Posts Tagged ‘Police’

A story from my family

When my son was 17, he had two special friends and they did everything together. Andrew was the only one with a driver’s licence and a car, and they would often take off after work and end up anywhere. They were good kids, and we never worried about what they were up to.

One particular summer night, they ended up at the basketball courts at South Beach. The three of them had only just started playing when a couple of police cars pulled up and parked. Moments later, 3 of the four officers approached the boys. They asked their names, then challenged them to a game of 3 on 3. The boys were surprised, and hastily agreed.

As the fully armed officers and teenage boys raced up and down the court, cars began pulling over to watch. People started coming out of their houses and sitting on the stone wall. There was much cheering as the lead changed time and again. The boys put up a good fight, and it was a close game. Afterwards, there was handshakes all round and the officers walked back to their cars.

The boys were covered in bruises from the handcuffs and swinging batons hanging on the officer’s belts, and they were still on such a high when they got home.

‘Who won?’ I asked, knowing how competitive these boys were.

‘They did,’ he said with a grin. ‘But it didn’t matter. This has been the best night of my life and something I will never forget.’

Something so simple had such a profound affect on spectators and three teenage boys. Never underestimate the influence you can have on others. Your actions say much.


(c) DJ Stutley 2012

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The Blind leading the Blind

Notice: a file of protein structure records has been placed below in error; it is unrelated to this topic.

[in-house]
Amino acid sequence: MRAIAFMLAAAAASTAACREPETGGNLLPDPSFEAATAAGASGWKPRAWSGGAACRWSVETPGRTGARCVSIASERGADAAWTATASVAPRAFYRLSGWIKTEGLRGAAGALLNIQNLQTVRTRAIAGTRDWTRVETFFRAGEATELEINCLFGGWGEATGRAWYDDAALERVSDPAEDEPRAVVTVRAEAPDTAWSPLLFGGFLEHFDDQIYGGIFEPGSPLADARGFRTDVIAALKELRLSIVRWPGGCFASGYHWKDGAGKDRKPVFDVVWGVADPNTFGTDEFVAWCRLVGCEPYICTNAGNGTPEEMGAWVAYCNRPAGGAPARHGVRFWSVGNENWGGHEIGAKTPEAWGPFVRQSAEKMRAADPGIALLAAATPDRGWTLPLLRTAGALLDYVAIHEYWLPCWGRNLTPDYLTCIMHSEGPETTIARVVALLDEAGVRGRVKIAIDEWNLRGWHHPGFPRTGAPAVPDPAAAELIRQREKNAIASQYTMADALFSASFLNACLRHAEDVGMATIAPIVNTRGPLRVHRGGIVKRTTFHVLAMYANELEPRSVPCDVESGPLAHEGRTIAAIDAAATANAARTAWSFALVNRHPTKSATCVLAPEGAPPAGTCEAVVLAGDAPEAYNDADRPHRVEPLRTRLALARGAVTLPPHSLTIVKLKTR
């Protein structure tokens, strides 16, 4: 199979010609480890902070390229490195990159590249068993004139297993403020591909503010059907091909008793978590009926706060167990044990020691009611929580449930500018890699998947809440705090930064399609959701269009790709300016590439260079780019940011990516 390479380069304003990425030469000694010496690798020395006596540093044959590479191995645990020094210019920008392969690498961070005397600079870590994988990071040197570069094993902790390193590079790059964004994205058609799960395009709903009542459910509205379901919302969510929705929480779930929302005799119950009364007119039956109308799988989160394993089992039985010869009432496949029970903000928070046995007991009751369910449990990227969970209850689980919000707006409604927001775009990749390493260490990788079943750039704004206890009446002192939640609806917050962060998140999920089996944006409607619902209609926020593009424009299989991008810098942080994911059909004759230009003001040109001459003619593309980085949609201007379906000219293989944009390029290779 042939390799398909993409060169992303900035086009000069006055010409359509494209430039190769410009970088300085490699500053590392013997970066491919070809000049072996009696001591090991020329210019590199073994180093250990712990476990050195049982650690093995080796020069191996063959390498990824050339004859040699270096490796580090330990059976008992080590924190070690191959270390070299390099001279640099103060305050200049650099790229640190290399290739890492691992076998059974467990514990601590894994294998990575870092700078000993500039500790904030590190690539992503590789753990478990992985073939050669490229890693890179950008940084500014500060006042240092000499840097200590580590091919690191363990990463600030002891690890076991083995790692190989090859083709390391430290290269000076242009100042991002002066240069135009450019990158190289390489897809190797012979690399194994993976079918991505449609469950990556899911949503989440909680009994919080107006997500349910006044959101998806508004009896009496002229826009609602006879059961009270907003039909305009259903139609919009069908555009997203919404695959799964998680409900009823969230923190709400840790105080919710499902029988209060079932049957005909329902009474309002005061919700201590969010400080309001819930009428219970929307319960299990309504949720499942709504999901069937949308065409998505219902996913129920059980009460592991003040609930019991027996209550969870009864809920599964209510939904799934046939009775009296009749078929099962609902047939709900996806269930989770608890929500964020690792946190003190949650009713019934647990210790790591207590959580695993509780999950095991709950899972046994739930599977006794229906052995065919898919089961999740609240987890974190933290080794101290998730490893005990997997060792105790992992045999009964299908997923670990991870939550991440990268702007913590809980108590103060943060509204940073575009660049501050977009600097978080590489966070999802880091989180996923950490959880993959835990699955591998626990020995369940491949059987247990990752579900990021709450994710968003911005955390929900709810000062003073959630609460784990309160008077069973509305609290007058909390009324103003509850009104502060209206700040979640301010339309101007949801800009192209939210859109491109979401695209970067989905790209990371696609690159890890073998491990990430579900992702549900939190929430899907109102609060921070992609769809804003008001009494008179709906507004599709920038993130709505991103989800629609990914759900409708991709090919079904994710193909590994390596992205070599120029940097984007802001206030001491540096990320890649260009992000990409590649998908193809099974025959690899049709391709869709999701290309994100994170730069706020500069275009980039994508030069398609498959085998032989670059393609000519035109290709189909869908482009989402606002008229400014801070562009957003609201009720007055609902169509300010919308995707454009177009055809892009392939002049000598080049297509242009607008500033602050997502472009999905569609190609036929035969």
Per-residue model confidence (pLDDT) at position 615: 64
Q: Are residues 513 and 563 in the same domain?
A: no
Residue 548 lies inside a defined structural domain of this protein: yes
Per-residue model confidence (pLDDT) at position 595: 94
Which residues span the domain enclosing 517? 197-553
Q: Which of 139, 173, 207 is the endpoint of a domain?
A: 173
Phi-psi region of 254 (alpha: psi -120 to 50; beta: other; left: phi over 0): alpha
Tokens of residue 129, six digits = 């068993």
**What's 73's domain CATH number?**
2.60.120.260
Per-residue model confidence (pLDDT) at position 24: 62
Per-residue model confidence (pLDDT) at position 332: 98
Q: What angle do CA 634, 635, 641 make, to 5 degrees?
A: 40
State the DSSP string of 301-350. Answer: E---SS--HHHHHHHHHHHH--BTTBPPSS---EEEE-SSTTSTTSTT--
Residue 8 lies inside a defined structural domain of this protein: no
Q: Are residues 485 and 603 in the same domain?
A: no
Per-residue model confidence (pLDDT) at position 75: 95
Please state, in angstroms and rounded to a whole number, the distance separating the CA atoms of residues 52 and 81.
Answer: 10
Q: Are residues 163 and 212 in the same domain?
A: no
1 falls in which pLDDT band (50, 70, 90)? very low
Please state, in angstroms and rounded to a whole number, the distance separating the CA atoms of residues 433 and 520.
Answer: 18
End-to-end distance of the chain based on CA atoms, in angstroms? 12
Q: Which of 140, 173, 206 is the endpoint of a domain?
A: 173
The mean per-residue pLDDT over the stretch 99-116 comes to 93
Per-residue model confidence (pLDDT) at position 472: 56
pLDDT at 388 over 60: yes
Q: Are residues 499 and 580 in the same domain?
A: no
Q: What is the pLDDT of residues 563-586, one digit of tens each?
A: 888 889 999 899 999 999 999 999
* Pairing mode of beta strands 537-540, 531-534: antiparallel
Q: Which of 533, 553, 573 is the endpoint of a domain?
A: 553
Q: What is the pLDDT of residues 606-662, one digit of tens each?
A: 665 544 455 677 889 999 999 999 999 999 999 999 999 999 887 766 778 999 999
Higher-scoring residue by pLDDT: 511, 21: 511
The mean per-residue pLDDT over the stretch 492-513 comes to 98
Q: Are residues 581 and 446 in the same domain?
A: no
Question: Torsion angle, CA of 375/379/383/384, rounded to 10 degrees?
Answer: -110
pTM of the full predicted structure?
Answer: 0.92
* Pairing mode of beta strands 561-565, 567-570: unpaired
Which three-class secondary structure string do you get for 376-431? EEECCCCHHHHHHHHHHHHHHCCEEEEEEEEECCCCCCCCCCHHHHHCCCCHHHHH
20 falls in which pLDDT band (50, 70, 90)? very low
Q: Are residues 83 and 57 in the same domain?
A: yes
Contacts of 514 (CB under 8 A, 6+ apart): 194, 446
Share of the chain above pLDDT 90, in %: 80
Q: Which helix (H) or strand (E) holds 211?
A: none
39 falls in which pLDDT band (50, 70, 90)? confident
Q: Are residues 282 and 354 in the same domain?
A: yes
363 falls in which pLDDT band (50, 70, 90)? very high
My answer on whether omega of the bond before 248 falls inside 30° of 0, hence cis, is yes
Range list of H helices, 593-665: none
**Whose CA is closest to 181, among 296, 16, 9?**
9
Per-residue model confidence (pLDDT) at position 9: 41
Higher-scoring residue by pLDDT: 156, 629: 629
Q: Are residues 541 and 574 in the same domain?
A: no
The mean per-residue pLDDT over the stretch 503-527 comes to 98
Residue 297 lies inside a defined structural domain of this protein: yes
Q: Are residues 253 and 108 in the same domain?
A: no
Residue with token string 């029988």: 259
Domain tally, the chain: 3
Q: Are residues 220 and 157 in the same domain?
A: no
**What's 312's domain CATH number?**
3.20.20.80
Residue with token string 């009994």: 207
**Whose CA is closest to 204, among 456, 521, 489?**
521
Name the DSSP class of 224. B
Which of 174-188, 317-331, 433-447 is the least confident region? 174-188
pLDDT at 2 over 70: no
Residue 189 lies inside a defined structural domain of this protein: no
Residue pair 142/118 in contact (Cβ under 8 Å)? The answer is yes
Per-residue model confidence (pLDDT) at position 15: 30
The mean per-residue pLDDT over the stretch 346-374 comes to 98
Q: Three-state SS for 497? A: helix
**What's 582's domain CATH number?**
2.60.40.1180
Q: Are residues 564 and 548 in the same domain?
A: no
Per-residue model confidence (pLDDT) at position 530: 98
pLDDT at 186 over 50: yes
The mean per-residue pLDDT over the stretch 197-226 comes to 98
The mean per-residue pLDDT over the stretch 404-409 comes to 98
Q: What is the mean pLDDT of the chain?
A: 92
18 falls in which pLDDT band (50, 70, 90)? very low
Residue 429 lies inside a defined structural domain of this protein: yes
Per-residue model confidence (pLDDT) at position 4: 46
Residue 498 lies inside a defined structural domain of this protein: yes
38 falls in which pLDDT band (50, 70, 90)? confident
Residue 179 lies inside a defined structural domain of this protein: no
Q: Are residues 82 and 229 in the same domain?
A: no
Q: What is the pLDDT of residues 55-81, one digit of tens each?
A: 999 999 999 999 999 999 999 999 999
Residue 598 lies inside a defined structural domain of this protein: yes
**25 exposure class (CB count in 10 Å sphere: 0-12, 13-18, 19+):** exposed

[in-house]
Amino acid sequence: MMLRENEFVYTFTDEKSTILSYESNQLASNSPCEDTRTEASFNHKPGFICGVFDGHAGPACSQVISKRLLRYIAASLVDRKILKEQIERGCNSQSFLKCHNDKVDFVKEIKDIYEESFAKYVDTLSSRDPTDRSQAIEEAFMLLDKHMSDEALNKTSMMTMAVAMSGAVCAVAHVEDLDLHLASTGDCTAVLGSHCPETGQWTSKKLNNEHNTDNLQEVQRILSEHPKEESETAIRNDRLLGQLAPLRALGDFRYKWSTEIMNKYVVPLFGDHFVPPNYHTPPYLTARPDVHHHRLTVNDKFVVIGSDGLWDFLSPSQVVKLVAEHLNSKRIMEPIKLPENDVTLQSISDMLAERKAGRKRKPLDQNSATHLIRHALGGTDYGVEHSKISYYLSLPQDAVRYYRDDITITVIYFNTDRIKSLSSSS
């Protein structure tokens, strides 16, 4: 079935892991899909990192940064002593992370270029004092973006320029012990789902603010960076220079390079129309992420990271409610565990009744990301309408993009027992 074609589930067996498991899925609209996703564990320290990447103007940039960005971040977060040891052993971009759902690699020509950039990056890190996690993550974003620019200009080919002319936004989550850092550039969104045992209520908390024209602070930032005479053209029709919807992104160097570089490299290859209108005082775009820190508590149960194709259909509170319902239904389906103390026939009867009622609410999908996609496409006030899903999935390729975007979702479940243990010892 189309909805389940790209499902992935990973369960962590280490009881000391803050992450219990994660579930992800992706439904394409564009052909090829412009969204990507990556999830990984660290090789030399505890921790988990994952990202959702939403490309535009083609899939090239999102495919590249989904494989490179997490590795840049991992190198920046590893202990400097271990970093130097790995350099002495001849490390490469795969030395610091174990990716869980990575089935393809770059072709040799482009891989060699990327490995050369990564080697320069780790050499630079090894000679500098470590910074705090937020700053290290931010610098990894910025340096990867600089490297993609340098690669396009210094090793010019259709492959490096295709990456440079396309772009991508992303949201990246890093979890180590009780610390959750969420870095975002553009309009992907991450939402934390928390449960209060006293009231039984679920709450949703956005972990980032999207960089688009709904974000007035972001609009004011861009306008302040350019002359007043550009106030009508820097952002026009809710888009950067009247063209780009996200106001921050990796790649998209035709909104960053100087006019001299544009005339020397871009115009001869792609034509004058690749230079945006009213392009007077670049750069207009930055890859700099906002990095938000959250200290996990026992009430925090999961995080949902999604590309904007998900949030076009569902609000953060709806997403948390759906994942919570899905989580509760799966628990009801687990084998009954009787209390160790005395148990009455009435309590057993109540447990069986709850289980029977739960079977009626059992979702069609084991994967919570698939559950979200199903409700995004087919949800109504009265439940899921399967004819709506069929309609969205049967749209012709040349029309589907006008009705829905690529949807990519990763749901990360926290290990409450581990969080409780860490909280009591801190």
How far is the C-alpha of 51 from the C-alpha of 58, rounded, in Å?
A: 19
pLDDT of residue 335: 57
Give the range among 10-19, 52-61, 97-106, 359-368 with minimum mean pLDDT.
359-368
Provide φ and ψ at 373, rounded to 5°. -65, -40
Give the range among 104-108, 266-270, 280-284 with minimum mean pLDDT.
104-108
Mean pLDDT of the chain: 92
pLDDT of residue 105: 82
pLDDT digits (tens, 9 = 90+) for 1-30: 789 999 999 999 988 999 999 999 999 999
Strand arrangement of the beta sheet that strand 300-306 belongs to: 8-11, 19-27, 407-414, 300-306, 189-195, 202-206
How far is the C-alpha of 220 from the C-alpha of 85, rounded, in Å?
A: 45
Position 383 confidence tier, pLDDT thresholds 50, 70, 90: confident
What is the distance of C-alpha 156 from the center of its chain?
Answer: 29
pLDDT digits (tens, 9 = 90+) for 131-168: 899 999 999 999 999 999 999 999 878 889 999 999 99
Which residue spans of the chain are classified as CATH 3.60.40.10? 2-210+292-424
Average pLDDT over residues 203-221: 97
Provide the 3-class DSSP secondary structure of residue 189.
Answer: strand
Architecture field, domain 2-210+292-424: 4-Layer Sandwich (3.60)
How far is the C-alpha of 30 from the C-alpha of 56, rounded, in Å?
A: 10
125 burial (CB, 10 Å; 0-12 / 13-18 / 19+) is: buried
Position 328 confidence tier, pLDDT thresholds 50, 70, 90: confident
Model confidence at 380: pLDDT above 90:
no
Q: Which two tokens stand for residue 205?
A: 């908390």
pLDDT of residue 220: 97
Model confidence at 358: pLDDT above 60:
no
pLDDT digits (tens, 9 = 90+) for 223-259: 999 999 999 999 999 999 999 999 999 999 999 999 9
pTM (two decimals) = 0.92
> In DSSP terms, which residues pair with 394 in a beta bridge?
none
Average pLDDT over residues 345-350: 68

One evening I was sitting around watching the clock, just waiting till it was time to pick up my daughter from work. Finally I left, even though it was about ten minutes earlier than usual.

About 3 km from home, I slowed, wondering why the cars ahead were all stopping, then changing lanes and tuning. When I arrived on the scene, a car had run into a power pole and live wires snaked across the road. Police were there, directing everyone to turn right.

My heart lurched in fear as I turned the car right. I had no idea where this road would take me. Ahead, I could see the tail lights of three cars. The lead car turned left and I hurried to catch up so that I wouldn’t be left behind. In my rearview mirror, I could see three sets of lights behind me.

I turned left just in time to see the car in front of me turn right – he was still following the person in front of him. By the time I got to that intersection, the car I was following was just turning right again. I put my foot down, afraid of getting left behind in a neighbourhood I didn’t know. By the time I turned, the cars behind were speeding up behind me. Obviously afraid of being left behind too.

Then a left turn, and I arrived in the street to see our lead car sitting in a driveway, the surprised driver standing beside his car looking at this long line of cars now at a standstill stretching around the corner.